General Electric, which in the past has been the focus of media attention because of its record of paying an extremely low income tax rate, provides a vivid example. GE earned a whopping $27.5 billion in profits between 2008 and 2012, but claimed $3 billion in tax refunds—a federal income tax rate of negative 11 percent.

    Put another way, GE paid less in federal income taxes than you paid over five years.

    There is talk in Washington about overhauling the tax code. Corporate lobbyists are decrying the top corporate tax rate of 35 percent. They want you to focus on what corporations are supposed to pay instead of what they really pay. That’s because many corporations pay a lot less – averaging little more than half the top rate – 19.4 percent for all 288 companies in the Citizens for Tax Justice report.

    CEOs inevitably claim that their companies pay every penny they owe and they are doing nothing illegal. That’s the problem – it’s possible (but not guaranteed) that what they’re doing is perfectly legal. That’s because over the years corporate lobbyists have drilled so many holes into our tax code that it is like Swiss cheese.

    Some of the loopholes defy logic – like the tax break for companies that give their CEOs lavish “performance based” bonuses. Others are outrageous – like a tax break for companies that shuttle their executives in corporate jets. And some are an insult to working Americans – like a special low tax rate for Wall Street hedge fund managers.

    But one of the most outrageous tax loopholes of all is the one that has helped GE be such a good tax dodger. It enables Wall Street banks and other corporations with large financial units – like GE – to make it appear that profits earned in the United States were generated in offshore tax havens like the Cayman Islands. It’s as if you laundered your paycheck through the Caribbean to avoid paying U.S. taxes.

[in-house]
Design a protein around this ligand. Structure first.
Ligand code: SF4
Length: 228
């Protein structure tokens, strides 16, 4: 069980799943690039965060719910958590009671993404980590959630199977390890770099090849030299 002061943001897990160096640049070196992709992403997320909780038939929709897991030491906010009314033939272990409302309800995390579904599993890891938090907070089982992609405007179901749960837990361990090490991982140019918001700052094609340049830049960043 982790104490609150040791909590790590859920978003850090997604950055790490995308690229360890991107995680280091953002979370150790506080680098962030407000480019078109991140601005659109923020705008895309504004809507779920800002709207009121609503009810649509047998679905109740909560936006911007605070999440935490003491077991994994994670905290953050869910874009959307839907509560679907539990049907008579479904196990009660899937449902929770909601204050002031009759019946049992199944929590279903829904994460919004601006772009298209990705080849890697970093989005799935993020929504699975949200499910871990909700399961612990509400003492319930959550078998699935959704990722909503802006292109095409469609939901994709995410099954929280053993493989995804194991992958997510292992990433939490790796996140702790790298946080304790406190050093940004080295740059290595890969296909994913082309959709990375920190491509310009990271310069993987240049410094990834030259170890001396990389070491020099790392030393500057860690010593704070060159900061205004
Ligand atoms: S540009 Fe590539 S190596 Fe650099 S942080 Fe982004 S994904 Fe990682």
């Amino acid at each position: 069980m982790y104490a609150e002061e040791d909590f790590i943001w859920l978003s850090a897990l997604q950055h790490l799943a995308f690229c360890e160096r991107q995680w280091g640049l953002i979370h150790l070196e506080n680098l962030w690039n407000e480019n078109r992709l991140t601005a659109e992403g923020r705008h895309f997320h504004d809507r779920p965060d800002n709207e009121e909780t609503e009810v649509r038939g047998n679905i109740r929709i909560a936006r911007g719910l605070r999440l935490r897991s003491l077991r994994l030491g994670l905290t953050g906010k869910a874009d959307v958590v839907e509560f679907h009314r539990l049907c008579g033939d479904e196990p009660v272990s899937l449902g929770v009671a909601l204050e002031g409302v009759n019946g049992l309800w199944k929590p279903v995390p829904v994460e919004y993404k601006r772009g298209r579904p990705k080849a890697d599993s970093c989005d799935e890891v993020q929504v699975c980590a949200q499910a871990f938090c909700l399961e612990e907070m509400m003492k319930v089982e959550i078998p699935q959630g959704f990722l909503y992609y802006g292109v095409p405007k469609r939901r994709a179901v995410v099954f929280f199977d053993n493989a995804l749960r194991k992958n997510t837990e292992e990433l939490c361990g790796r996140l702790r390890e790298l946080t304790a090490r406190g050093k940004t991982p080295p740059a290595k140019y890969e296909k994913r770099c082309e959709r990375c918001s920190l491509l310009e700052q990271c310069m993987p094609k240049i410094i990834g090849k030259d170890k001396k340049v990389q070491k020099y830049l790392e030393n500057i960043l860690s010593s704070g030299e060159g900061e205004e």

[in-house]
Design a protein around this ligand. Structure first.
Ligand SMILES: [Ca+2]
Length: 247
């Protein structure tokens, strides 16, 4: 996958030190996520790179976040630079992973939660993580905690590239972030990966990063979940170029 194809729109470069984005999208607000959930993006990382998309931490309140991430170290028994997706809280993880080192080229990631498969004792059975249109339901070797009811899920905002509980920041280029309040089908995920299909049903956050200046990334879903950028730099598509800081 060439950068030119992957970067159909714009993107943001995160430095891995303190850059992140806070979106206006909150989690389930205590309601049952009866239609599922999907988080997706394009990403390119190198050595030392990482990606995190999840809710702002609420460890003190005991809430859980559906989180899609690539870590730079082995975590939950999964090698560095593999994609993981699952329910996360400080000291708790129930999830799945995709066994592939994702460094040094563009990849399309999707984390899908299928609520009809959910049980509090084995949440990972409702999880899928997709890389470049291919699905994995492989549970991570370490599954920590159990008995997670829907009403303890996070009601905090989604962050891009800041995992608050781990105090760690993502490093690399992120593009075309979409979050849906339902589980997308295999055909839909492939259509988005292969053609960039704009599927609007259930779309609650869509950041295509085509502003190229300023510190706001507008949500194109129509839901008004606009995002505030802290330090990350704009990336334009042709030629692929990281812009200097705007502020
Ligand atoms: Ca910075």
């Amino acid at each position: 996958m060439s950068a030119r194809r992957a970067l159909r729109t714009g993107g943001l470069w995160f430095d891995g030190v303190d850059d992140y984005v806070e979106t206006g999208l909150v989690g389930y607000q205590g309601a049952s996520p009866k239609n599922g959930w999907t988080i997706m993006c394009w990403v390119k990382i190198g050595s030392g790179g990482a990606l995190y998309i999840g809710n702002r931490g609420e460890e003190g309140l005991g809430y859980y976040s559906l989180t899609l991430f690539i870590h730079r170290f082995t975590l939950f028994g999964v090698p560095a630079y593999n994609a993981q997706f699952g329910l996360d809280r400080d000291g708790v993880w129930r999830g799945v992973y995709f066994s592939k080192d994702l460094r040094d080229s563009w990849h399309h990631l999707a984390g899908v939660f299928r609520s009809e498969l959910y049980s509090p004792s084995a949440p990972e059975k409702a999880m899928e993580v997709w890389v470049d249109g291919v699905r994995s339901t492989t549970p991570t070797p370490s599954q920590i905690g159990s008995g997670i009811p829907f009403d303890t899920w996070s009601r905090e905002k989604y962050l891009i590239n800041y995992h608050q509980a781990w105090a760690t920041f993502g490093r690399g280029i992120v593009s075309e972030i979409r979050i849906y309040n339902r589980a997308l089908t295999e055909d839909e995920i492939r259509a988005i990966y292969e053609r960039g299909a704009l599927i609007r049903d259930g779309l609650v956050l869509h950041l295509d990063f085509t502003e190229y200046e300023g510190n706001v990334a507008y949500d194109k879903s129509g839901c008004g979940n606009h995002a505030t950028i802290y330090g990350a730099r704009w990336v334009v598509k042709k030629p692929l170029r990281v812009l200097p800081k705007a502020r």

Lobbyists are twisting arms on Capitol Hill to try to save the “GE Loophole,” which expired last year. A recent report by Americans for Tax Fairness and Public Campaign shows that at least 292 lobbyists pressed members of Congress on this issue in the past three years. GE alone pays 48 lobbyists to lobby for the loophole. It cares so much about the loophole that its tax department chief once got down on his knees to pretend to beg Congressional staffers to save it.

    Last week, a U.S. Senate committee voted to renew the GE Loophole and a raft of other questionable tax breaks, including breaks for owners of thoroughbred racehorses and NASCAR racetracks. The Senate will vote on the tax package in May. If it passes, the entire $86 billion cost will be tacked onto the budget deficit. You will end up paying part of the bill.

    Why should you care about the GE Loophole or about some big corporations paying nothing in federal income taxes? It’s because when corporations refuse to pay their fair share, you end up paying higher taxes or getting less for what you pay. You get a worse transportation system, a poorer educational system, less reliable public safety, a weaker national defense, a less secure retirement and a bigger budget deficit.

    So don’t be fooled by the lobbyists and spinmeisters who argue that corporations should be paying less in taxes. Many are already paying far less than they should, and some are paying nothing at all. Let’s plug up those corporate tax loopholes, like the one that gives huge tax breaks to companies that ship jobs and profits offshore. It’s time they pay their fair share—just like the rest of us.

    Clemente is executive director of Americans for Tax Fairness. 

    Frank Clemente

    Clemente is executive director of Americans for Tax Fairness 

    Delegate Greason’s email is dismaying
    Determined to save historic, rural schools
    Veterans, real estate taxes and Virginia
    Aldie School is heart of community
    Dr. Claude Moore’s legacy serves Loudoun every day
    COMMUNITY VOICE: “Fully Fund” has no real meaning
    COMMUNITY VOICE: Medicaid expansion closes coverage gap
    Supervisors should listen
    Coping with the growing challenge of autism
    Natural gas power plant poses problems for county